Thursday, Aug 11, 2022
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The Prodigal Who Didn't Return

Harilal wasn't just Gandhi's errant son but a rebel who lost his way, says his grand-daughter

The Prodigal Who Didn't Return The Prodigal Who Didn't Return

Sitting in the front row at the preview of the film Gandhi, My Father in Ahmedabad last fortnight was a silently weeping Nilam Parikh. For the 74-year-old grandchild of Harilal Gandhi, the film was the end of a personal mission: to clear the dust on the troubled relationship between the Mahatma and his eldest son. The film's director, Feroz Abbas Khan, says Parikh, interviewed her innumerable times to get an authentic version of what really went wrong in the Mahatma vs Son battle that lasted till their death within five months of each other.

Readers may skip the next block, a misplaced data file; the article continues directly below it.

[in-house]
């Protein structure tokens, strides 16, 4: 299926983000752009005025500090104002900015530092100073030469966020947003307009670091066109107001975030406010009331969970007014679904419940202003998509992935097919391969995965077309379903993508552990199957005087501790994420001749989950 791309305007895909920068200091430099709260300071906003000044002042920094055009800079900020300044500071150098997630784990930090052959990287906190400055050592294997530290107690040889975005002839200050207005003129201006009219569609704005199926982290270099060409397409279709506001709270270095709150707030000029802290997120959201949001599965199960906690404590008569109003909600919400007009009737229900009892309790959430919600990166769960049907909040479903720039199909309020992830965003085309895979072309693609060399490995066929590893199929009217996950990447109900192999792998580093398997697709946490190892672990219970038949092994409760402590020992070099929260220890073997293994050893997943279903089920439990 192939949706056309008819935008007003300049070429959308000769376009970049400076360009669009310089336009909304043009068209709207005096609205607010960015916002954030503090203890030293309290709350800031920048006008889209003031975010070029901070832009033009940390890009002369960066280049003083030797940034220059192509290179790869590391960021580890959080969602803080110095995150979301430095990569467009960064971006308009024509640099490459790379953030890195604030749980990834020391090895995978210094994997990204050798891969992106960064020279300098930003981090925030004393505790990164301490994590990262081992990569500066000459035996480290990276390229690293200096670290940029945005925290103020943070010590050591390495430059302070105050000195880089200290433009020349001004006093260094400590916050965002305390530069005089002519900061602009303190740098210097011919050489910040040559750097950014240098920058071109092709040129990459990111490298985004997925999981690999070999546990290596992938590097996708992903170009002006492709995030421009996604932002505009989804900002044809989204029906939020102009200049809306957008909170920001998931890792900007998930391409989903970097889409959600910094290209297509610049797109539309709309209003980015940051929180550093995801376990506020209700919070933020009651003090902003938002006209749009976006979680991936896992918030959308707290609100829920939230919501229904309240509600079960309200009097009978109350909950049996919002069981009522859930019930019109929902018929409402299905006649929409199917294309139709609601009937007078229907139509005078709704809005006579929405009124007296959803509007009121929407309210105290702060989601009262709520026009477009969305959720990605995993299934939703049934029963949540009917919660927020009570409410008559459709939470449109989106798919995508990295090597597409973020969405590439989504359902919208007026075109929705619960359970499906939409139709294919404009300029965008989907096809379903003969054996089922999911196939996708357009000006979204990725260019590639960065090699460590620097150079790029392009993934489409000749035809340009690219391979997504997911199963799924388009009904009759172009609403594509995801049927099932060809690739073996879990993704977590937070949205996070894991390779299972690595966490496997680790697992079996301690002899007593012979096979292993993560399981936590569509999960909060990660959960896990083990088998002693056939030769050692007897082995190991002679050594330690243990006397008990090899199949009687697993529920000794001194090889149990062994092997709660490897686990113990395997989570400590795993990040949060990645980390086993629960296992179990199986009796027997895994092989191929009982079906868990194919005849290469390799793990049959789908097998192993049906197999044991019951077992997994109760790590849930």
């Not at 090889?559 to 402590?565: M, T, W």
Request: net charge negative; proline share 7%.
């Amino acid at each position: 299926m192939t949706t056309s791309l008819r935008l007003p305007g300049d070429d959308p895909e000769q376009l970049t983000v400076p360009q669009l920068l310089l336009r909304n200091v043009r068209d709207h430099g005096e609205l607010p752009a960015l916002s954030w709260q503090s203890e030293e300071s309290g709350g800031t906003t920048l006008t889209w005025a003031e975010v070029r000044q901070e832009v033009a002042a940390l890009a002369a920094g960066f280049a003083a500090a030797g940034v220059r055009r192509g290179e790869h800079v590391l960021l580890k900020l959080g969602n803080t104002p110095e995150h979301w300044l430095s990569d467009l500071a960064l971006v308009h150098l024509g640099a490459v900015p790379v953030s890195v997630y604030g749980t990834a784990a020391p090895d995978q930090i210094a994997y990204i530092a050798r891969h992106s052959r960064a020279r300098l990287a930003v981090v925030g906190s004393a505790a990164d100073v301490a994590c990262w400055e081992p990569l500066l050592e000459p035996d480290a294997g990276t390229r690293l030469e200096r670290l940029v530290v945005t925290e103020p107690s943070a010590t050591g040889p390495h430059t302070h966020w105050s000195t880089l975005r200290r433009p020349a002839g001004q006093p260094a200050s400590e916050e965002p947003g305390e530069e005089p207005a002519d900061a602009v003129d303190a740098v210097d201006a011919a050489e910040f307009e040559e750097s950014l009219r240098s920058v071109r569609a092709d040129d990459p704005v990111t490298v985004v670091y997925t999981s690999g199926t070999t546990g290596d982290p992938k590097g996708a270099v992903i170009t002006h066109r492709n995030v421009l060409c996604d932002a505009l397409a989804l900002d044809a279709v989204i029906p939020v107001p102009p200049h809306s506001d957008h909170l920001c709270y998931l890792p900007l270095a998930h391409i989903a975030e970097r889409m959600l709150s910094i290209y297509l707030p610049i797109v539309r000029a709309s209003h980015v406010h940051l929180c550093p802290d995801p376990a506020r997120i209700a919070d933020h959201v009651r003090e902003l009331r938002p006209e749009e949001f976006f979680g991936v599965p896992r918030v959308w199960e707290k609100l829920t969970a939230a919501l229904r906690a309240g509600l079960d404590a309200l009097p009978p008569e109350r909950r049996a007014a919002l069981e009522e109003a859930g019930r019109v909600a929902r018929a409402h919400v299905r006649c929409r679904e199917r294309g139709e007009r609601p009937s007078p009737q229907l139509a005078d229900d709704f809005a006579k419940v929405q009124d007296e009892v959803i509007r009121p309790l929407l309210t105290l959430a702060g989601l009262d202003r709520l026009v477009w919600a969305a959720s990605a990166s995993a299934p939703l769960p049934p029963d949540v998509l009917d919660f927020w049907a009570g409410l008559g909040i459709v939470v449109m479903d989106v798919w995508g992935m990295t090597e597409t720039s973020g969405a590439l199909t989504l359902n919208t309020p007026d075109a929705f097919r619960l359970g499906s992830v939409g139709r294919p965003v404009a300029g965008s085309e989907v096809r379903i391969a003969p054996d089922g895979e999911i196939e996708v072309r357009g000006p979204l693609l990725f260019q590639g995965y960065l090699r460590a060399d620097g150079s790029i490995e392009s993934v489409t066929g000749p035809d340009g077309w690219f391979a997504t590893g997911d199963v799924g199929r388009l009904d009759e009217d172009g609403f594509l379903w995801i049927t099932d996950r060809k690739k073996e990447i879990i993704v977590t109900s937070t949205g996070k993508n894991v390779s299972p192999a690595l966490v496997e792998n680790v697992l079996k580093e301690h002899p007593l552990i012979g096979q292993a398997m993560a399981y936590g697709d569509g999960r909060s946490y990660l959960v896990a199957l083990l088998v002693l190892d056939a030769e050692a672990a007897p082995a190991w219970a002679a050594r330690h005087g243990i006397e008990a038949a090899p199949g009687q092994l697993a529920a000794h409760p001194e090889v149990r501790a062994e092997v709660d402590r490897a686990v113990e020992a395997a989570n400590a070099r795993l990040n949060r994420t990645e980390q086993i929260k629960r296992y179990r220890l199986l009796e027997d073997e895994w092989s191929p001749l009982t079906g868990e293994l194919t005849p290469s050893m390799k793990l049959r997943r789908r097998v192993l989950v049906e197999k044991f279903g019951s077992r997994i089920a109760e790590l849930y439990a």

It was never really a battle, Parikh claims, who wrote a biography of her grandfather, Gandhiji's Lost Jewel, based on the family's memories and a collection of his letters they discovered after the death of his last surviving child, Manubehn. "He was the best of Gandhi's four sons, both in intelligence and courage, the only one who had the guts to stand up to his father. If destiny hadn't willed otherwise, Harilal would have been Gandhi's true successor." Harilal, his grand-daughter insists, was truly the "jewel" that Gandhi and Kasturba lost early in their epic freedom struggle and spent the rest of their lives hoping to reclaim. It was a hope, Parikh says, the son shared with the father, trying honestly—if futilely—to cooperate with the Mahatma's efforts to cure his chronic alcoholism. "There was a mutual respect between them, and they both worked in their own way to repair the damage."

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